Monday, June 1, 2009

1947: A story of theft of Gilgit manuscripts

By Tariq Ali Mir

 In the SPS Museum two empty engraved boxes await the return of their once prized possession: the Gilgit manuscripts, which were shifted to New Delhi in 1947 during Indo-Pak war for ‘safety’ reasons but were never returned to the state afterwards. 

 Heritage experts in Kashmir say that there is a worldwide movement seeking return of artifacts to their original places, but the display of Gilgit manuscripts in National Archives was a “brazen display of official theft of the state’s heritage.”
 Found by a shepherd in 1931 the 5th century Gilgit manuscripts were placed in the newly established SPS Museum on the orders of Maharaja Hari Singh. The then chief secretary of the Hari Singh, Ramchandra Kak, one of the earliest proponents of an Independent Kashmir, had invited renowned research scholars including Dr. Anil Ankishan Dutta. Dutta was a senior professor at the renowned Fort William College in imperial Calcutta and an international expert on ancient languages of India. Other scholars came from Japan, USA and England
The manuscript is the story of one of the first resistance movements launched by the native Kashmiri Nagas against the onslaught of Buddhist rulers.

 The team from Calcutta was led by Dr. Shyama Prasad Mokerjee, who was vice chancellor of Calcutta University at that time. Gilgit manuscript is the proof of separate Kashmiri identity.
 The manuscript is Kashmir’s link to central Asian republics where similar manuscripts have been found. However, it is the only manuscript written in Sanskrit and Pali.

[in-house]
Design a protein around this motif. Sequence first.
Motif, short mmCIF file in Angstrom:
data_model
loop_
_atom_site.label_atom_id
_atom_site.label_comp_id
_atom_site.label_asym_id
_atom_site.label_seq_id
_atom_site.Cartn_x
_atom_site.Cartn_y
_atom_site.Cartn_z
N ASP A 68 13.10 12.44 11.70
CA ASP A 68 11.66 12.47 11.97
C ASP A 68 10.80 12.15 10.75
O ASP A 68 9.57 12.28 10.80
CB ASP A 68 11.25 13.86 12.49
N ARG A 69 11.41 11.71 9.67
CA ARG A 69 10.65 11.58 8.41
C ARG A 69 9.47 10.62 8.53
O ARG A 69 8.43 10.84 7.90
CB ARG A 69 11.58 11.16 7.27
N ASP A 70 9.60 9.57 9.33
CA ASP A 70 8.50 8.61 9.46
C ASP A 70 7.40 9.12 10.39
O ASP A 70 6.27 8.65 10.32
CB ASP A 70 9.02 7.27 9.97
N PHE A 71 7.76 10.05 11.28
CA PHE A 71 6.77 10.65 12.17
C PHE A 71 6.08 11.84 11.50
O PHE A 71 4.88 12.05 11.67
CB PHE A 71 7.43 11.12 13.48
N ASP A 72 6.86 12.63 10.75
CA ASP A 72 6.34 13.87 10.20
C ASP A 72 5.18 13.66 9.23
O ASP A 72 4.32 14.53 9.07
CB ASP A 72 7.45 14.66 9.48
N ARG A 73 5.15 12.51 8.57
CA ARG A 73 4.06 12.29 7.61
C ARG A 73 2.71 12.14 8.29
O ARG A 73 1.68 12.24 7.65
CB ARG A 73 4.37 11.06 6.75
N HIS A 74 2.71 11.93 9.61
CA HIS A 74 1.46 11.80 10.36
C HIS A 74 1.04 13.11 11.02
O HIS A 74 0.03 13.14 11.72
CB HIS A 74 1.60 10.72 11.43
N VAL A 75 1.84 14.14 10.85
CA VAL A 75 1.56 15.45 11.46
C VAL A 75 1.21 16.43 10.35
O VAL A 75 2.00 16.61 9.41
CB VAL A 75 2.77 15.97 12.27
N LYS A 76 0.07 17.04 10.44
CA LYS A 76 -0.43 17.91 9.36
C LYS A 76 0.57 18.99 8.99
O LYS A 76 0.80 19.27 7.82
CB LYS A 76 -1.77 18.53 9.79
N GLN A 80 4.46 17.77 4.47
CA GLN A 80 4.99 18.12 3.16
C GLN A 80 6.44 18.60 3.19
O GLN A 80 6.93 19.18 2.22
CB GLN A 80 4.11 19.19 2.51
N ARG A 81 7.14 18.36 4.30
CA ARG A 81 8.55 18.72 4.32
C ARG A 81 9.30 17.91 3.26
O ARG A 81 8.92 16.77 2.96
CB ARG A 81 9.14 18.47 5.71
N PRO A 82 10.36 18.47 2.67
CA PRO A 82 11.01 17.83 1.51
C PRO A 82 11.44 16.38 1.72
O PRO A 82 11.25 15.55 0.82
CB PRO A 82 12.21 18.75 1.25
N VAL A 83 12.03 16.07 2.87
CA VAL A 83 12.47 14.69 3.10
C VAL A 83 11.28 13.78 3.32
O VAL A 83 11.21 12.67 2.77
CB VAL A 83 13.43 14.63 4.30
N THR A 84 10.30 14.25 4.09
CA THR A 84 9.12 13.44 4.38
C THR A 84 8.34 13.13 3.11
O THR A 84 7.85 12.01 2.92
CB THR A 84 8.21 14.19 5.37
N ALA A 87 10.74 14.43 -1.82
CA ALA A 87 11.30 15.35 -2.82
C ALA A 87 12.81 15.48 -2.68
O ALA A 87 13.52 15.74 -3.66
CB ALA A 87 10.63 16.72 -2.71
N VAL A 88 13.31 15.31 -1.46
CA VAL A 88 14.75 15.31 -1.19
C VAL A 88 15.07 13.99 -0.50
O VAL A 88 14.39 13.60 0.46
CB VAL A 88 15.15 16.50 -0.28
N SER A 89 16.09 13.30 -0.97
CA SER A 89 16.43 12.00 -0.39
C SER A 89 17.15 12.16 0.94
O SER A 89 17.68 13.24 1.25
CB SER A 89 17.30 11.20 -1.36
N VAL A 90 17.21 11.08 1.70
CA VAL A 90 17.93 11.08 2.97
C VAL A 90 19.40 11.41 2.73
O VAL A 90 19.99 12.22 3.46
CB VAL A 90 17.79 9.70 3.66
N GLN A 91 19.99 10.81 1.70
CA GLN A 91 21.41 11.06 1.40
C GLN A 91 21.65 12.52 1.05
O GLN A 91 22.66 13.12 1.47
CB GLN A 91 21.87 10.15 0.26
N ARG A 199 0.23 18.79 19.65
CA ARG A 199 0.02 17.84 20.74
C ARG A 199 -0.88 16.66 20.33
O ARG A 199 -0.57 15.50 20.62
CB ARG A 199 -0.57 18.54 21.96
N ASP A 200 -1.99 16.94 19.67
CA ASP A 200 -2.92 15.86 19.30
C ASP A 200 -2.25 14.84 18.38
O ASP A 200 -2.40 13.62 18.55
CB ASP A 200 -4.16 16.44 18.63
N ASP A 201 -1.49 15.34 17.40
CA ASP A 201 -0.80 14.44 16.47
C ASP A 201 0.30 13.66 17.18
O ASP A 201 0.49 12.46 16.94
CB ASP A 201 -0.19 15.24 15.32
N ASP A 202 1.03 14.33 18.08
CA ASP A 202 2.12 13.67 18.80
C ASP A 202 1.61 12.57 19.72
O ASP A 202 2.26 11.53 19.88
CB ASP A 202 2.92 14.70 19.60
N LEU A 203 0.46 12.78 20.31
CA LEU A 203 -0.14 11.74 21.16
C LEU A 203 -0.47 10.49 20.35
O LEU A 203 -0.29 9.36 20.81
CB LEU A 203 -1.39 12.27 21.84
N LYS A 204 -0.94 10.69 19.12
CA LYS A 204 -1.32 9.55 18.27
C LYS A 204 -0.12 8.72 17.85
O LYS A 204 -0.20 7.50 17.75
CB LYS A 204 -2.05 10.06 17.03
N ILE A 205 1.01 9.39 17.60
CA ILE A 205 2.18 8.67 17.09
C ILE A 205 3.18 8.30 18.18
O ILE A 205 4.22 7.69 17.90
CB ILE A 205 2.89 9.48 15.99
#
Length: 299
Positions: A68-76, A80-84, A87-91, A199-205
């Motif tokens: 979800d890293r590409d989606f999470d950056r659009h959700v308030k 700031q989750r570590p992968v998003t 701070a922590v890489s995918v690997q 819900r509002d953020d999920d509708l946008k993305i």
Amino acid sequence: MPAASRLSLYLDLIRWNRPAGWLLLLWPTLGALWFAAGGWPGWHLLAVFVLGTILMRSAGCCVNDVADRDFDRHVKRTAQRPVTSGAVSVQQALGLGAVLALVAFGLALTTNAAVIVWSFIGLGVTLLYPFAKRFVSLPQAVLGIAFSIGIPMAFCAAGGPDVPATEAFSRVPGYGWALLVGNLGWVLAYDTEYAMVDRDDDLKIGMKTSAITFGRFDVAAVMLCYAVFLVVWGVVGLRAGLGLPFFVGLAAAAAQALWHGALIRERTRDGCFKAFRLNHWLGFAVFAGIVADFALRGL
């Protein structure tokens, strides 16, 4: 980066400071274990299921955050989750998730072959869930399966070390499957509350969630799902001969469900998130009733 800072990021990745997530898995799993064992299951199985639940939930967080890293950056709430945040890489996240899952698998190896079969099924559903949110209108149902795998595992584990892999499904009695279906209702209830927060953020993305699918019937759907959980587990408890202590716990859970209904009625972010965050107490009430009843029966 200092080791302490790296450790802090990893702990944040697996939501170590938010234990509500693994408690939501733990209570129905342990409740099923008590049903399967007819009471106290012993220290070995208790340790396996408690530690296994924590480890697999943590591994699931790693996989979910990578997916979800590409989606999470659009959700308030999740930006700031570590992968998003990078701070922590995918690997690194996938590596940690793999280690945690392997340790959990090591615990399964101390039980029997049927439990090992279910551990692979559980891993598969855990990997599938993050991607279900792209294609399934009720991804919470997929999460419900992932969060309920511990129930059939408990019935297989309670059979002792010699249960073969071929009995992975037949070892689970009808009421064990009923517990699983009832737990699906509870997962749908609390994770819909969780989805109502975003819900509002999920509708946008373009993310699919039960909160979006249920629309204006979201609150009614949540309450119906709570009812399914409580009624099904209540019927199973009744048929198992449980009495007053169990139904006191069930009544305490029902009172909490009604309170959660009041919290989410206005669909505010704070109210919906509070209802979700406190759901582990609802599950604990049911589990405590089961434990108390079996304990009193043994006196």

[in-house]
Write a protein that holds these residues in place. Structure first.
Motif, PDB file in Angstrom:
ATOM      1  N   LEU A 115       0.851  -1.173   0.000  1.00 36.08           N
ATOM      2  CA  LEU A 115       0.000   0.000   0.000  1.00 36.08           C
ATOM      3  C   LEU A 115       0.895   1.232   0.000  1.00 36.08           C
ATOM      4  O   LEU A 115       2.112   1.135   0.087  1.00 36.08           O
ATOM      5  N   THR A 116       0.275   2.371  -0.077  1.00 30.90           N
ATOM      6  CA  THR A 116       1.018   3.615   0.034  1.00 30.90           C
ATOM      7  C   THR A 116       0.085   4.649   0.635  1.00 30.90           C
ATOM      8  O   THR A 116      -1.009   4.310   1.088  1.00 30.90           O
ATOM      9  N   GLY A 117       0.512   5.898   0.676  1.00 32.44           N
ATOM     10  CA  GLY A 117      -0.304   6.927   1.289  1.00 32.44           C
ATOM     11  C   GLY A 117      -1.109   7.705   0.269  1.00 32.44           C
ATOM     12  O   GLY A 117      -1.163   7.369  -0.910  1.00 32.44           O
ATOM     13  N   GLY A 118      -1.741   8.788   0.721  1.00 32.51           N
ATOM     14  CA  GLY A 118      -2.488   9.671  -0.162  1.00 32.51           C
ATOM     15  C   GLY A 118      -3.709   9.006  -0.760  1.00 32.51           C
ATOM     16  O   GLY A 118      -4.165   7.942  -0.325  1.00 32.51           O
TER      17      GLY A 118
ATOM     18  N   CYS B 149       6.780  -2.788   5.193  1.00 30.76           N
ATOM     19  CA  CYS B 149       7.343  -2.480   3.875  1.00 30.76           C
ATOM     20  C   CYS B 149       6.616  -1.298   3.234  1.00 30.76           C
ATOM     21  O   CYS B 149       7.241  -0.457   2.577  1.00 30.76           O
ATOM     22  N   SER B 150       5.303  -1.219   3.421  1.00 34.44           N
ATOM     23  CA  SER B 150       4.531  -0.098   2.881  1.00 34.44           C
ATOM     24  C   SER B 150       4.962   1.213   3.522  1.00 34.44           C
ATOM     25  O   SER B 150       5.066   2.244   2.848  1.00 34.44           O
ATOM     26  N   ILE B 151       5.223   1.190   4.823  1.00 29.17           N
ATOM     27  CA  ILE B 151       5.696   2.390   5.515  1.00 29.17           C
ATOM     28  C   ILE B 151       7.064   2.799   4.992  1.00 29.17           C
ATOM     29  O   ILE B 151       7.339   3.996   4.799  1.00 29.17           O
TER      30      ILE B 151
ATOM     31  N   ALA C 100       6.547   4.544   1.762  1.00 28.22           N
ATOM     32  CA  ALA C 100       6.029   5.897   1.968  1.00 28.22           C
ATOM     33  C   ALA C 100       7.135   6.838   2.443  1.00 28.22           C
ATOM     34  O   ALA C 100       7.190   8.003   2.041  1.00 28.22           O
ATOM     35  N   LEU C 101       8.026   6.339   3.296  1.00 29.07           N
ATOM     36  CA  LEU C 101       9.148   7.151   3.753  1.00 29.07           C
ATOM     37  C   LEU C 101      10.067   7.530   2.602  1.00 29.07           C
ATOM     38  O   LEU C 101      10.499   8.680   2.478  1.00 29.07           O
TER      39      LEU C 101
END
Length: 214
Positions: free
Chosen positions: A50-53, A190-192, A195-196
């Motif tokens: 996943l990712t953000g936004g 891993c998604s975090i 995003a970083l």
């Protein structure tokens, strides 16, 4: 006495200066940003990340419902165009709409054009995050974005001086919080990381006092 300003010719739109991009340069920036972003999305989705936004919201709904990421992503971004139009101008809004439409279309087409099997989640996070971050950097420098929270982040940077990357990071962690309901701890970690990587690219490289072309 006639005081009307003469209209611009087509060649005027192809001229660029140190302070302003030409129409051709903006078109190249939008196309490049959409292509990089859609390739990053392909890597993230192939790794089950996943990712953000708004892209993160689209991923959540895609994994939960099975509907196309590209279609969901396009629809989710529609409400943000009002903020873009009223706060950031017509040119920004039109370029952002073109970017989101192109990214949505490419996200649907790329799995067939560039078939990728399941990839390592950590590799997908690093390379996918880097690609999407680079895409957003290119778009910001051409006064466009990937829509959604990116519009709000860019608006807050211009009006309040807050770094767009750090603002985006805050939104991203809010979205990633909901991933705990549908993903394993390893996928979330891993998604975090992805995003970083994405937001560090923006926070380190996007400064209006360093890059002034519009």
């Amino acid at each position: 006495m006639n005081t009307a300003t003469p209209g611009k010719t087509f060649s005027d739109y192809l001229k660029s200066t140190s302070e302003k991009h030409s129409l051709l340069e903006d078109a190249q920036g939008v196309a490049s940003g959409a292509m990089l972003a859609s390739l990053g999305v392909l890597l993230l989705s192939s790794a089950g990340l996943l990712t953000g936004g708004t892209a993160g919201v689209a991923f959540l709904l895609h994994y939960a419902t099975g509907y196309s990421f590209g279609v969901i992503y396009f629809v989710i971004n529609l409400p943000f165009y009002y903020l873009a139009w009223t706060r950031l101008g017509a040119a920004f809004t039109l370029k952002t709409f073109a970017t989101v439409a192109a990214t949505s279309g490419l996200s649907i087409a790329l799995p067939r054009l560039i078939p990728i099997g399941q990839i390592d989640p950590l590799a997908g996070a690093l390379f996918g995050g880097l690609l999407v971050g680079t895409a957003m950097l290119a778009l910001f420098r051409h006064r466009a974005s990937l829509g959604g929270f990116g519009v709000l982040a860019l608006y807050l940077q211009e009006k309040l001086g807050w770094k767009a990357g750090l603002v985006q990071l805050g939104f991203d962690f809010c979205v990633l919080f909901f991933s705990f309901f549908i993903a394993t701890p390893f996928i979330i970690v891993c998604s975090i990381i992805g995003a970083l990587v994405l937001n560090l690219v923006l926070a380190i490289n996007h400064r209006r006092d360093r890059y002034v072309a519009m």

The manuscript traces the historical and cultural links of Kashmir and Gilgit. It has an engraving of a Chinar tree, which proves that Chinar is native tree and not imported from Persia as is widely believed.  
 Muhammad Yousuf Taing, who was the former Director of Archives department, says, “I have been a witness to how a part of Kashmiri history, the manuscript, was taken away from us by Delhi.” He said in 1947 when India and Pakistan fought first war over Kashmir, Jawarharlal Nehru requested Sheikh Abdullah that manuscripts be flown to Delhi for “temporary safe keeping.” Sheikh agreed and a special plane was flown in from Delhi to transport the manuscript to National Archives Delhi.
 Taing says that this shows the importance of the manuscript. “Even in war a prime minister remembered the manuscripts. What other proof do we need to highlight their importance?”
 After the ceasefire was announced, Sheikh asked Nehru to return the manuscript, but the reply from Delhi was that “Director General of Archives was out of country.” And when the DG returned, Nehru had imprisoned Sheikh for “conspiracy against India.” 
 In 1977 Sheikh as chief minister again asked then Prime Minster Indira Gandhi to return them. “I reminded Sheikh about Gilgit manuscripts and he was surprised that the Manuscripts had not been returned and immediately he faxed Indira Gandhi asking for their return.” But the manuscripts were not returned. 
 “But after that they flatly refused to return them, saying ‘they are part of the National Archives’,” Taing said.

(Tariq Ali Mir is Srinagar based journalist covering culture and heritage) 

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